Although I will make sure it won’t happen to us…  it kinda reminds me of the extremely, superbly fashionable daughter of one of Manila’s extremely, superbly fashionable ladies.  Mommy accompanied her daughter to London for her tertiary studies in a very expensive institution.  Daughter told Mommy that while she already had several, really nice “Marchesa” and “Temperley” dresses for nights out, she needed “everyday clothes” for school.  Mommy said “Of course, hija…”

Daughter promptly brought Mommy to Chanel on Sloane street.   😛   😛   😛

Assumption-MRMF goes to Pila, Laguna

[ The Assumption-Mother Rosa Memorial Foundation charity tour of Laguna II:  13 August 2011, Saturday.  7:30 a.m. – 9:00 p.m., for the benefit of the poor students of the Assumpta Technical School in San Simon, Pampanga.  Organized by A-MRMF president Rosalie “Salie” Henson-Naguiat, former presidents Josefina “Nening” Pedrosa-Manahan and Jacqueline “Jackie” Cancio-Vega, and A-MRMF volunteer Augusto “Toto” M. R. Gonzalez III. ]

The tour group assembled at the parking lot of the Santuario de San Antonio church, Forbes Park starting at 7:30 a.m..   We left promptly at 8:00 a.m..

Because we were fetching Ayala Alabang residents, we dropped by the Shell gas station, southbound SLEX.  Many of us, Chichi Litton Laperal, Salie Henson-Naguiat, and I among them, went to “Starbucks” to buy coffee, pastries, and sandwiches, and of course, to use the bathrooms.  In a few minutes, AA residents Vina Alava-Pelaez and her son Zeke arrived and we proceeded to faraway Pila, Laguna.

During the drive, I [ in my capacity as A-MRMF volunteer co-organizer and guide ] gave the tour group a precis of our day, what we would see, what would be noteworthy / important, what we could forego.  I explained that our biggest problem with the A-MRMF charity tours was that there was always so much to see, wherever we went, because that was just how beautiful our country, the Philippines, was.  We had only listed Pila, Nagcarlan, Liliw, and Majayjay towns in Laguna as our destinations for the day but we actually wanted to bring them further to Magdalena, Pagsanjan, Lumban, Paete, and Pakil towns, which were equally interesting and wonderful destinations.

I explained to the tour group that Pila was already a flourishing and important Malay settlement by the time the Spaniards arrived in 1571.  Pila, Laguna in its present form began in the early 1800s when the “fundador” / founder Felizardo de Rivera transferred the previous town in Pagalangan, nearer Laguna de Bay, to his Rivera family’s hacienda de Santa Clara, located on higher ground, organized a town plaza with a church, municipal hall, “principalia” houses [ all Rivera relations ], and donated the outlying properties to the poor townsfolk.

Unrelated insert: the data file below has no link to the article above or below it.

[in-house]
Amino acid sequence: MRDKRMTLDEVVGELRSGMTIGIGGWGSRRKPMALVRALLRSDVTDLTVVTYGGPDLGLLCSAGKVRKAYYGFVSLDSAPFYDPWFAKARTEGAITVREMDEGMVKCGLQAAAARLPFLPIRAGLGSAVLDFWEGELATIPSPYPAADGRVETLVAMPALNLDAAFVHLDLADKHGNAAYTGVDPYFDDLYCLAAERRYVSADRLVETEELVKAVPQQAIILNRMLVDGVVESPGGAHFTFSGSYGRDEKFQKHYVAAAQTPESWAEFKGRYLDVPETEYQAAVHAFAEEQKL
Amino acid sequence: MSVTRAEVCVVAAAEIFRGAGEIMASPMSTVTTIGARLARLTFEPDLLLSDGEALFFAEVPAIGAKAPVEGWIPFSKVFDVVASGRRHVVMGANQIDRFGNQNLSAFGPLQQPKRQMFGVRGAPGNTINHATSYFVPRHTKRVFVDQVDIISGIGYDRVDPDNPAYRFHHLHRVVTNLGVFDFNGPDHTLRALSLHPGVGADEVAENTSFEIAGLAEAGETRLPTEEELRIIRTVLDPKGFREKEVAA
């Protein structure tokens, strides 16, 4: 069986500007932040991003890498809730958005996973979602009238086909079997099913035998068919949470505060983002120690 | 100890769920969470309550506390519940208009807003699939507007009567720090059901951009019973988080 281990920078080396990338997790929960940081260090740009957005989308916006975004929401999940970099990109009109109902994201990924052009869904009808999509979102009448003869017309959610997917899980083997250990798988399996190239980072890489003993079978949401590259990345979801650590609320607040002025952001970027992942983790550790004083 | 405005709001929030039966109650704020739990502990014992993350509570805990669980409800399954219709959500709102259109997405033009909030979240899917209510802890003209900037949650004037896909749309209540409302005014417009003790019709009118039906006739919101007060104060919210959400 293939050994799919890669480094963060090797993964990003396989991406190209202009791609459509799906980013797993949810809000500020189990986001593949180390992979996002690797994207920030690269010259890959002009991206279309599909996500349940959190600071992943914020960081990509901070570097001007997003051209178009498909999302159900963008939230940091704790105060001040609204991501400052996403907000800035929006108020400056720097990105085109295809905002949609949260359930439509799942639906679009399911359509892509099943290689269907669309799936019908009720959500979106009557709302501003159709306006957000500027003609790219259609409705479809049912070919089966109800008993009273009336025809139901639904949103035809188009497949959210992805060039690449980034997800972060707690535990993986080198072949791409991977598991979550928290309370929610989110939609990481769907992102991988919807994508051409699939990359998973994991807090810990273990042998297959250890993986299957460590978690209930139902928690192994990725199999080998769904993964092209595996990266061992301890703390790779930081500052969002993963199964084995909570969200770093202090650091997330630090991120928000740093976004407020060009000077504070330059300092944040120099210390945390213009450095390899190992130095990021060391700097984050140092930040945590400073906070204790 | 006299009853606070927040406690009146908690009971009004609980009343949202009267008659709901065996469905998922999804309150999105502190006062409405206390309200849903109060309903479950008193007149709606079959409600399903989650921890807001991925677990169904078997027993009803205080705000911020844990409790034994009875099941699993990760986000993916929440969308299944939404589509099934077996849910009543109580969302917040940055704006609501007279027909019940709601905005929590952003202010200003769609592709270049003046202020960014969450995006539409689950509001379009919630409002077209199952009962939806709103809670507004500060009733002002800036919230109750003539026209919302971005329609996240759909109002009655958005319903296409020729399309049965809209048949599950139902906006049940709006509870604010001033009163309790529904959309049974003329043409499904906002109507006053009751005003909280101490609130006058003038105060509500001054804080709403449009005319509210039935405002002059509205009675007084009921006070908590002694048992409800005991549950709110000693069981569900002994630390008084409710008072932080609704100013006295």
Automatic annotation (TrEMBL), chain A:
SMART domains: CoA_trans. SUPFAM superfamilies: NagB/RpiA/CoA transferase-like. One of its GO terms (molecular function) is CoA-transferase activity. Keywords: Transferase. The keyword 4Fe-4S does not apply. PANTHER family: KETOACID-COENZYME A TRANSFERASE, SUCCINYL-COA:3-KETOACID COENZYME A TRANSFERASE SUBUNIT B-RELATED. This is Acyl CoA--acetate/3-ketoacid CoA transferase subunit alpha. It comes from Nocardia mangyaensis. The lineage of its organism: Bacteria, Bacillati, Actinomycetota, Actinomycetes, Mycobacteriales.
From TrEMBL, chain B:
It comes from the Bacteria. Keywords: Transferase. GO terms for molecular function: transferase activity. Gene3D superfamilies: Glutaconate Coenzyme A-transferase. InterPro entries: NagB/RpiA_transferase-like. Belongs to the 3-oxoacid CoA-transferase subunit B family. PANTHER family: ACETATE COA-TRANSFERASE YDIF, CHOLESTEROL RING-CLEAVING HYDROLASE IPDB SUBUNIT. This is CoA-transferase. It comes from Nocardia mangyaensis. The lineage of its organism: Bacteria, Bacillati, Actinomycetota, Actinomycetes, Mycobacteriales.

Because Laguna province was where national hero Jose P. Rizal was from,  we asked his descendant Atty. Ramoncita “Minney” Ver Reyes [ great granddaughter of his eldest sister Saturnina Rizal de Hidalgo ] about him as well as other places in Laguna, aside from his hometowns of Calamba and Binan, that figured in his life.  She acceded and regaled us with Rizal family stories.  It was from those spontaneous discussions with Minney that A-MRMF hit upon the idea of organizing a “Rizal tour” featuring places associated with Rizal, both in Manila and in Laguna.

It was an entirely pleasant and chatty drive through Calamba, Los Banos, Bai’, Calauan, and Victoria towns to historic and elegant Pila, Laguna and we arrived promptly at 10:00 a.m. as scheduled.

Manuel Rivera house.  We met up with our generous hostess in Pila, Filomena “Monina” Rivera.

Pila church.  What money and taste, and taste and money, could do.

Pila museum closed on weekends!

We proceeded to the Teodoro Alava house along the town plaza.

After the Teodoro Alava, we proceeded to the Lorenzo Rivera house,to the immediate left of the municipal hall, also along the town plaza.  We marveled at the several lovely, albeit sad, Holy Week processional images in the prayer room of the house.

We rode the coaster the short distance to the Paz Rivera-Madrigal house.

There was a beautiful, fruit-laden, “santol” tree which looked like a Christmas tree!!!

What was fun about these A-MRMF tours was that there were several instances of pleasant surprises, even for us volunteer organizers.  There were, inevitably enough, beautiful things that we saw for the very first time!!!